Step (2-2): Next, we apply step (1) to the odd columns.
Consequently, only the blocks in even rows and columns hold zeros (white blocks in Figure 2), and the goal is to determine the values of these blocks. To overcome this challenge, we can use one of the following approaches:
Method (1) After applying step (1), the blocks that contain circles in Figure 2 are identified. Now, by applying step (2) to the same columns, we can obtain the remaining unknown blocks.
Method (3) After applying step (2), the blocks that contain diamonds in Figure 2 are spotted. Then, by applying step (1) to the same rows, the remaining unknown blocks are extracted.
Method (3) We can average the amounts obtained through methods (1) and (2) to each block to work out a new value.
In this way, the proposed method can provide us a high resolution image from a low resolution one. We can find the interpolator multipliers by employing the downsampled version of the original image. Then, the HR image can be estimated by using the original LR image and the computed multipliers.
Also, since we do not use blocks in this presentation, unlike the SAI method, there is no blocking result in the obtained image.
Moreover, one of the most important criteria that should be taken into account for comparison is computational complexity of the algorithms, which can be computed by considering the number of operations in the algorithms. In the proposed method, the number of multiplications and summations in order to calculate the matrix A from expression (15) for an N×N image to be enlarged by a factor of K are and , respectively; where 2M is the number of entries of the LR image that are used for interpolation of each pixel. By assuming M=K=2 in our experiments, there will be (28N + 5201) multiplications and (28N + 2499) summations for calculating the matrix A. On the other hand, after calculating the matrix A, the number of multiplications and summations to estimate the value of each pixel are and , respectively. By assuming M=K=2 in our experiments, there will be 3N 2multiplications and summations for estimating the value of each pixel. The number of operations to estimate the value of each pixel is approximately on the same order in the compared methods, and the difference is in the number of operations in order to calculate the multipliers of the linear combination, hence, in order to compare the proposed method with the other mentioned ones, we consider the number of operations in order to calculate the matrix A, where, this number of operations is acceptable for our purpose.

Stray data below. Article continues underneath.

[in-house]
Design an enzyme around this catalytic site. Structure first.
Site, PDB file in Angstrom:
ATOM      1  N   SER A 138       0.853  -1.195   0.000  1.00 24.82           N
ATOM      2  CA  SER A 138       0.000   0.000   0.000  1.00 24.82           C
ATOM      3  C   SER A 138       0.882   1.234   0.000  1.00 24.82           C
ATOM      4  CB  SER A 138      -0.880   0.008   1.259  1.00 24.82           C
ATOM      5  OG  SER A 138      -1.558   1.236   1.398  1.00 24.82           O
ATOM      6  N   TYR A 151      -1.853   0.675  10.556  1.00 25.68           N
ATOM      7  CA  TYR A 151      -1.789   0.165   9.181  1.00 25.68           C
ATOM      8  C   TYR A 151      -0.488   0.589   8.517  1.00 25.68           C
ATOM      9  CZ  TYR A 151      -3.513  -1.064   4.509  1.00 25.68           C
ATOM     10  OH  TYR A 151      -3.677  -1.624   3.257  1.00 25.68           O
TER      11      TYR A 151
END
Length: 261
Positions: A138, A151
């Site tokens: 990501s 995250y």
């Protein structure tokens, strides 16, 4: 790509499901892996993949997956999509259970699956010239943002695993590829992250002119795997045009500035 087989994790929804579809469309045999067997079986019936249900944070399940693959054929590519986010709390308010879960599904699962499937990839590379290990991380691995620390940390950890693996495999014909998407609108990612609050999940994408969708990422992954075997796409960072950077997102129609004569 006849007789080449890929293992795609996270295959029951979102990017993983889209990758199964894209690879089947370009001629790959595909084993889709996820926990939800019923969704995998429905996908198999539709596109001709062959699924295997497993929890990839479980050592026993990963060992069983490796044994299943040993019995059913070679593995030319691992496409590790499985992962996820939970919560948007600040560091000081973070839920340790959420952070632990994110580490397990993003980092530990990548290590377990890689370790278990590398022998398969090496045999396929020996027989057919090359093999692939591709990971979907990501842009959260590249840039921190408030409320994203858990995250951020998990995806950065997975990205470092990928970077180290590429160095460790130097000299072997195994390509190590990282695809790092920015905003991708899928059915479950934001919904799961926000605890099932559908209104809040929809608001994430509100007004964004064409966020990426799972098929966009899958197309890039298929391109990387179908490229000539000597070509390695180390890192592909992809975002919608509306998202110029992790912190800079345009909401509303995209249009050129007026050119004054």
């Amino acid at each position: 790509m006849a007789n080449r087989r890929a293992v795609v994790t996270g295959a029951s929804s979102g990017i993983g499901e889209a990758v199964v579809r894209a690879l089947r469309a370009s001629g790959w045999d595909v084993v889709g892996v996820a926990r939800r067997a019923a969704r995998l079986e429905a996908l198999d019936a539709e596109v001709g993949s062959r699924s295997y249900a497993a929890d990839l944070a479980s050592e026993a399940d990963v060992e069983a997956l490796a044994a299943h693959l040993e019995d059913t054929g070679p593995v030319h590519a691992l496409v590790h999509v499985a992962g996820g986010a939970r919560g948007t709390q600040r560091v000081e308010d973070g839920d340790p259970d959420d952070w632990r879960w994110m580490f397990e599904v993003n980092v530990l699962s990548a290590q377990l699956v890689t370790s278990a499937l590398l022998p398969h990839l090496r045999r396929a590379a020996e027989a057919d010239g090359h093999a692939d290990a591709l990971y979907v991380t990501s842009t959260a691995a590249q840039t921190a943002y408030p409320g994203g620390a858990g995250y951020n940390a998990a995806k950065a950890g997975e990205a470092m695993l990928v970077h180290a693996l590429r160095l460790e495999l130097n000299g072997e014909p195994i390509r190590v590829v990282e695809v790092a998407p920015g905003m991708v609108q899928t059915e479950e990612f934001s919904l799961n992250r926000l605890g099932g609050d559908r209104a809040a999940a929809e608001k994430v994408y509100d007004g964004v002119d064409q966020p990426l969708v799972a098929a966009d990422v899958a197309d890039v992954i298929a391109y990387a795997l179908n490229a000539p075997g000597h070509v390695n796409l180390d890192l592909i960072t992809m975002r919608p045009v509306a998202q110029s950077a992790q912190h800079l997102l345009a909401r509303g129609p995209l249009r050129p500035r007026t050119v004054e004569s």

Average calculation time for enlarging a 256 * 256 image by a factor of 2
Average calculation time (in seconds)
The linear least square study unveiled in this article also offers an advantage when transmitting an image where we have memory limitation; i.e. instead of transmitting the enlarged version of the original image by a factor of k, we can transmit the original image and the interpolator matrix A, and then use the interpolator matrix to enlarge the original image by a factor of k at the receiving end. Accordingly, less memory is used in transmitting the image. In the images that are simulated, the interpolator matrix entries are decimal numbers with three digits to the right of the decimal point; hence, ten bits would be sufficient in order to send the interpolator matrix as side information.